The aim of this study was to elaborate a method of estimation of activity of surface muscles acting at the temporomandibular joint of the healthy subjects by using a surface electromyography (EMG). The scope of this study involved testing chosen jaw motions (open, close, lateral deviation) and process of mastication occurring during eating food with different toughness (chewing gum, cereal and carrot) by using mixed sides, right side and left side of the jaw.
The study makes an attempt to model a complete vibrating guitar including its non-linear features, specifically the tension-compression of truss rod and tension of strings. The purpose of such a model is to examine the influence of design parameters on tone. Most experimental studies are flawed by uncertainties introduced by materials and assembly of an instrument. Since numerical modelling of instruments allows for deterministic control over design parameters, a detailed numerical model of folk guitar was analysed and an experimental study was performed in order to simulate the excitation and measurement of guitar vibration. The virtual guitar was set up like a real guitar in a series of geometrically non-linear analyses. Balancing of strings and truss rod tension resulted in a realistic initial state of deformation, which affected the subsequent spectral analyses carried out after dynamic simulations. Design parameters of the guitar were freely manipulated without introducing unwanted uncertainties typical for experimental studies. The study highlights the importance of acoustic medium in numerical models.
In machine industry, stresses are often calculated using simple linear FEM analysis. Occasional failures of elements designed in such a way require recomputation by means of more sophisticated methods, eg. including plasticity and non-linear effects. It usually leads to investigation of failure causes and improvement of an element in order to prevent its unwanted behavior in the future. The study presents the case where both linear and non-linear analyses show some load capacity reserve and do not justify failure occurring in reality. Some non-standard causes are pointed out, including residual stress of a leading role.
Cold-formed thin-walled sections are prone to local buckling caused by residual stresses, geometrical imperfections and inconsistency of material properties. We present a real case of buckling failure and conduct a numerical and experimental study aimed to identify methods capable of predicting such failures. It is important because designers of structures are getting more FEA-oriented and tend to avoid lengthy procedures of cold-formed structures design. Currently adopted methods are complicated and require patience and caution from a designer which is reasonable in case of the most important structural members but not necessarily so in ordinary design. Since it is important, we offer an insight into several FEA and manual methods which were sufficient to predict the failure while remaining fairly simple. Using a non-uniform partial safety factor was still necessary. We hope that this paper will be of interest for people performing a lot of routine analyses and worrying about reliability of their computations.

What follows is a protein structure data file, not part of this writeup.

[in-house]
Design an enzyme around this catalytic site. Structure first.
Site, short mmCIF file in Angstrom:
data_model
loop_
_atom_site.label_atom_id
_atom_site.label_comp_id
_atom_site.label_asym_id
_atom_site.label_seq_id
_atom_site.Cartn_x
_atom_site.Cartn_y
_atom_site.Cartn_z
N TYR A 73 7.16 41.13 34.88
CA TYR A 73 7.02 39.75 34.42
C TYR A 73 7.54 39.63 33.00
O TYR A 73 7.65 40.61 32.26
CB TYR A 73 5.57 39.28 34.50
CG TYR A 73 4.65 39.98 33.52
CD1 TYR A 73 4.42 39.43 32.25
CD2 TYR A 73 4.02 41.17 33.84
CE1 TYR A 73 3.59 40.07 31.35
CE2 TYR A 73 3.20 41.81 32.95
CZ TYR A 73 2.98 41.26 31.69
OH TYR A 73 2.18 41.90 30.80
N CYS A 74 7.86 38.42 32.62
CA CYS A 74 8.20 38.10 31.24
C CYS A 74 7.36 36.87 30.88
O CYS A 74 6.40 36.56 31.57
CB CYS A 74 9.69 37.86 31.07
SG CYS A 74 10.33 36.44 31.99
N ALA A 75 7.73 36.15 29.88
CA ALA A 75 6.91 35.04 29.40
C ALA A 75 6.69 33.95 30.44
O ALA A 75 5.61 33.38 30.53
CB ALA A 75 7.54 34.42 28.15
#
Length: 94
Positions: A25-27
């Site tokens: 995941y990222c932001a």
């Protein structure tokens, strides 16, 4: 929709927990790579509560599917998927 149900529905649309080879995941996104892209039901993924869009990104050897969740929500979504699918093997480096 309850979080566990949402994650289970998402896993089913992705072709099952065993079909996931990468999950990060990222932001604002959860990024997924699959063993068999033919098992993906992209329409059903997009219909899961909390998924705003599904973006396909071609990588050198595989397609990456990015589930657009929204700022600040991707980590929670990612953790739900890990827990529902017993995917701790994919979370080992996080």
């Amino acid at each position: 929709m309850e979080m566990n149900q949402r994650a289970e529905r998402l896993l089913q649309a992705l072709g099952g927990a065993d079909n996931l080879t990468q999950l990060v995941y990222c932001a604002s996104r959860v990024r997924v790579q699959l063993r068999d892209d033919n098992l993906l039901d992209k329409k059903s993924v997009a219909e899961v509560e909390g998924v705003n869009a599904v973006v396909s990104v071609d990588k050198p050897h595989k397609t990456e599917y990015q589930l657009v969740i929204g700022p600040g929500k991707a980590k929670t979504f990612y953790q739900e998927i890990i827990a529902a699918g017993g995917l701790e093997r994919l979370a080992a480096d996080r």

Determining mechanical properties of abdominal soft tissues requires a coupled experimental-numerical study, but first an appropriate numerical model needs to be built. Precise modeling of human abdominal wall mechanics is difficult because of its complicated multi-layer composition and large variation between specimens. There are several approaches concerning simplification of numerical models, but it is unclear how far one could go to still maintain fairly good results. The study compares behaviour of two different shell models: a simpler one, consisting of a single composite shell incorporating all abdominal wall layers and a more complicated one, consisting of three respective muscle-fascia composites allowed to slide on one another, representing a more realistic abdominal wall behaviour. Both models were subjected to the same loading and boundary conditions in a series of different non-linear analyses, including implicit, explicit, static and dynamic variants. The study shows that the two tested models differ greatly in terms of the obtained displacements, thus the sliding mechanism of muscle-fascia layers should not be ignored. As a side task, several finite element types were tested for proficiency in this particular computation.
Musical instruments are very various in terms of sound quality with their timbre shaped by materials and geometry. Materials' impact is commonly treated as dominant one by musicians, while it is unclear whether it is true or not. The research proposed in the study focuses on determining influence of both these factors on sound quality based on their impact on harmonic composition. Numerical approach has been chosen to allowed independent manipulation of geometrical and material parameters as opposed to experimental study subjected to natural randomness of instrument construction. Distinctive element of this research is precise modeling of whole instrument and treating it as one big vibrating system instead of performing modal analysis on an isolated part. Finite elements model of a stringed instrument has been built and a series of nonlinear time-domain dynamic analyses were executed to obtain displacement signals and perform subsequent spectral analysis. Precision of computations seems sufficient to determine the influence of instrument's macroscopic mechanical parameters on timbre. Further research should focus on implementation of acoustic medium in attempt to include dissipation and synchronization mechanisms. Outside the musical field this kind of research could be potentially useful in noise reduction problems.